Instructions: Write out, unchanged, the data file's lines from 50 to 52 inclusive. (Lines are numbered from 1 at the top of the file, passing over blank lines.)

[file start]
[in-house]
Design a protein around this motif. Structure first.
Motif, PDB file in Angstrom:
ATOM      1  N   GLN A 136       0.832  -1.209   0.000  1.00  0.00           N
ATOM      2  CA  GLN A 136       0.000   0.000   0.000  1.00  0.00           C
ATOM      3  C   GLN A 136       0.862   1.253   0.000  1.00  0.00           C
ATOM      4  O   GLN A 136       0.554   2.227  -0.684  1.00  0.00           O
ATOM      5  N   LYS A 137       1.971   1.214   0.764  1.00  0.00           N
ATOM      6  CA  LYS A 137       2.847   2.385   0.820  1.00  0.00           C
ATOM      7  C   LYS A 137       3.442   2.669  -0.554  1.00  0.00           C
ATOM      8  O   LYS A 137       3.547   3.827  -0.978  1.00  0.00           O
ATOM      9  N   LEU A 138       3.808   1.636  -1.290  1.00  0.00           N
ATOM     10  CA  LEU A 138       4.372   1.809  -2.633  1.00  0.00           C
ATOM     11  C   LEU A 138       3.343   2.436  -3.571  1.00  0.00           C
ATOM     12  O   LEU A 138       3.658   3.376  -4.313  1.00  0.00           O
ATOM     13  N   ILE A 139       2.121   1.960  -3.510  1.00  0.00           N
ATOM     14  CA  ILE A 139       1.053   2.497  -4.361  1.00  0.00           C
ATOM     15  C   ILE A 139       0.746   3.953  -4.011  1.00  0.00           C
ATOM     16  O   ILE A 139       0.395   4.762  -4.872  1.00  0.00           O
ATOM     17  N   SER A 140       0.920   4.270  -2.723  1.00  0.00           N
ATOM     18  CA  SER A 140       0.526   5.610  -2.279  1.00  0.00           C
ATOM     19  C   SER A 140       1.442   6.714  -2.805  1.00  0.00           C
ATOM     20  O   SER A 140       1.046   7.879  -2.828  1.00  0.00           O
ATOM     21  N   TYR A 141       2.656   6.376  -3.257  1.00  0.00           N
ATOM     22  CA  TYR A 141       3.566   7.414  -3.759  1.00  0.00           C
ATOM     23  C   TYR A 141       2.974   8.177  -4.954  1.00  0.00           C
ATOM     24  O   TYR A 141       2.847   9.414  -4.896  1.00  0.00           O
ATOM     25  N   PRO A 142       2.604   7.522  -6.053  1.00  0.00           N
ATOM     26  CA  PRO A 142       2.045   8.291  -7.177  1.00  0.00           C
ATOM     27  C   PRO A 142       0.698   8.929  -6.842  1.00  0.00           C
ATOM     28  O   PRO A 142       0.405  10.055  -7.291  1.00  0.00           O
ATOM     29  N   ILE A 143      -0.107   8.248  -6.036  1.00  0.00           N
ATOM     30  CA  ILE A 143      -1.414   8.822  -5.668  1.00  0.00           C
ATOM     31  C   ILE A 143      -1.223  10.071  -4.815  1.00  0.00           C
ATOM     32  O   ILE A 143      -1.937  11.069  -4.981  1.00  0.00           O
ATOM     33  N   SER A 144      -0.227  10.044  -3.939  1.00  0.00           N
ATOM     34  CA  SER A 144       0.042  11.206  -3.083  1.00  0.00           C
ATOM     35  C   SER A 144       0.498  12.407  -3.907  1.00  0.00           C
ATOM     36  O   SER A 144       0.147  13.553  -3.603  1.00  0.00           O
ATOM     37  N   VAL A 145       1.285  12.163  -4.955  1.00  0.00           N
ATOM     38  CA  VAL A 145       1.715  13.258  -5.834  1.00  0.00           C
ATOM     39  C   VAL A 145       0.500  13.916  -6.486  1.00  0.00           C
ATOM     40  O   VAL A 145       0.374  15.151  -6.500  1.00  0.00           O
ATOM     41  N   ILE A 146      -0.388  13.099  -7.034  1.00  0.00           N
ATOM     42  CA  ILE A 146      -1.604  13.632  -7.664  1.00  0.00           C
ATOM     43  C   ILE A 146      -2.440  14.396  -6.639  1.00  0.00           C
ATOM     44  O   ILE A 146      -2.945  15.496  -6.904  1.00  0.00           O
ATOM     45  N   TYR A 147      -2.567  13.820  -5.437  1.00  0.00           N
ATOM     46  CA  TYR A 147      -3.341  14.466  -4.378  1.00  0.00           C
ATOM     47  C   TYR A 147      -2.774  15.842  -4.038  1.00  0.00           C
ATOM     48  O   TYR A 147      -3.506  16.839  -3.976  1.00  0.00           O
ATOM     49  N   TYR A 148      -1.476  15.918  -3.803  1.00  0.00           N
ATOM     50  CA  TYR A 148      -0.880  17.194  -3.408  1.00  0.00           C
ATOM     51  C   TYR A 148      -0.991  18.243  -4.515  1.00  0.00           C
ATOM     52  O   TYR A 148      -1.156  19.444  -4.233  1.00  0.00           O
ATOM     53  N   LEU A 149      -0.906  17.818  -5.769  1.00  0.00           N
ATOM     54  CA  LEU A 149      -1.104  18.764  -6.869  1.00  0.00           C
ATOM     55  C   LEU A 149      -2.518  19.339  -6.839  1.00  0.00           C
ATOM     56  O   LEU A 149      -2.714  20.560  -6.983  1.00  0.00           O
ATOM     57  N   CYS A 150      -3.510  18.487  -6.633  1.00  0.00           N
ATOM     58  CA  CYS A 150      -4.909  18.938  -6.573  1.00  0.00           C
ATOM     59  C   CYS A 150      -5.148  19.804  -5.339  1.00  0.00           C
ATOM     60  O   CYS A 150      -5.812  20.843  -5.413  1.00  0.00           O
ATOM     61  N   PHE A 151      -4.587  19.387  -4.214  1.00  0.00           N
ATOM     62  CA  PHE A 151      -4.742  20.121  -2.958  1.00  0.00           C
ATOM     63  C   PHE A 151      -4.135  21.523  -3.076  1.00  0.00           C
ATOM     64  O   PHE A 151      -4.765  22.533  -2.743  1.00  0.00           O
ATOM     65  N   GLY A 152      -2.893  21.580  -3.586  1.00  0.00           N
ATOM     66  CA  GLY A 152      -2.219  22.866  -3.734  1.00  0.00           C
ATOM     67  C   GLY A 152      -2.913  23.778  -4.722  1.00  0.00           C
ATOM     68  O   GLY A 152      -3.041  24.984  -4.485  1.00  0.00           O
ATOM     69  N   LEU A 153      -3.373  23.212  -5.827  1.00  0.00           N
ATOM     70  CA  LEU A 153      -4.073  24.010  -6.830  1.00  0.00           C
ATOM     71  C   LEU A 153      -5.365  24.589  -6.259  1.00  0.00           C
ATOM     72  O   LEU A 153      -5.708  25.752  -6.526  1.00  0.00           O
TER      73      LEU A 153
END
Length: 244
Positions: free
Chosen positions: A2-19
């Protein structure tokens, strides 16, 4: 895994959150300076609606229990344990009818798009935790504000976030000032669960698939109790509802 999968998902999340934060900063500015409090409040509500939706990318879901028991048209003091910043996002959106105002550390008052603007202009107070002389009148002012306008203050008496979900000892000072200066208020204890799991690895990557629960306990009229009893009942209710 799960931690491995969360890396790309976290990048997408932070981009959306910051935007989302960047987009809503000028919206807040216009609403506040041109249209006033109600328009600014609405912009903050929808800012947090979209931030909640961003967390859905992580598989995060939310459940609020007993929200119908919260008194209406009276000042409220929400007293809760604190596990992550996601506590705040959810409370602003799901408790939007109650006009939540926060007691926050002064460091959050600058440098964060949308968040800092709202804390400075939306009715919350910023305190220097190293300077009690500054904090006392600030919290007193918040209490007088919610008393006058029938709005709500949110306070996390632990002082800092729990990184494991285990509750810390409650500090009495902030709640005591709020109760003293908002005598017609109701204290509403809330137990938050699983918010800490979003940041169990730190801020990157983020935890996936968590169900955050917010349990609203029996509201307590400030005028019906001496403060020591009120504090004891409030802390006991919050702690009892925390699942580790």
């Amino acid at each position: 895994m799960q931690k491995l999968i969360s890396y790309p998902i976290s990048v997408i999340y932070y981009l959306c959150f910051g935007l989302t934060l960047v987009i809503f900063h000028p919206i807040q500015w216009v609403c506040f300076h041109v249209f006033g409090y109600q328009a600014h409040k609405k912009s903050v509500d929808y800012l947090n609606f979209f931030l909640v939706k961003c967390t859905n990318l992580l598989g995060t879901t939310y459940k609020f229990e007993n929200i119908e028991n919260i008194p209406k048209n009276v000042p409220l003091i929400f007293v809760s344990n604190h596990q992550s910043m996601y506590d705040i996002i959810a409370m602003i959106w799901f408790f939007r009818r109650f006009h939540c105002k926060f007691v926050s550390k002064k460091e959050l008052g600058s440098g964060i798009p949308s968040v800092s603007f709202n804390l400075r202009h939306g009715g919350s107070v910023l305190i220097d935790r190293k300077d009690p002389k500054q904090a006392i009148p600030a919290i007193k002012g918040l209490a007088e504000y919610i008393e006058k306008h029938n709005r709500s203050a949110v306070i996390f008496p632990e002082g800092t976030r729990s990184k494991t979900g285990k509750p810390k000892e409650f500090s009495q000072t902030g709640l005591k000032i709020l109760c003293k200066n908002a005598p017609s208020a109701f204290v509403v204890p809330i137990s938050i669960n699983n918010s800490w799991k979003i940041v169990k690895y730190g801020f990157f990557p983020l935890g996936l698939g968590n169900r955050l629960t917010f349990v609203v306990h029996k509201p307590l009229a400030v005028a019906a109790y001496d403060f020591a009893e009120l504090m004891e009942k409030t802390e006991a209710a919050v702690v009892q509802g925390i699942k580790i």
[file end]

ATOM     47  C   TYR A 147      -2.774  15.842  -4.038  1.00  0.00           C
ATOM     48  O   TYR A 147      -3.506  16.839  -3.976  1.00  0.00           O
ATOM     49  N   TYR A 148      -1.476  15.918  -3.803  1.00  0.00           N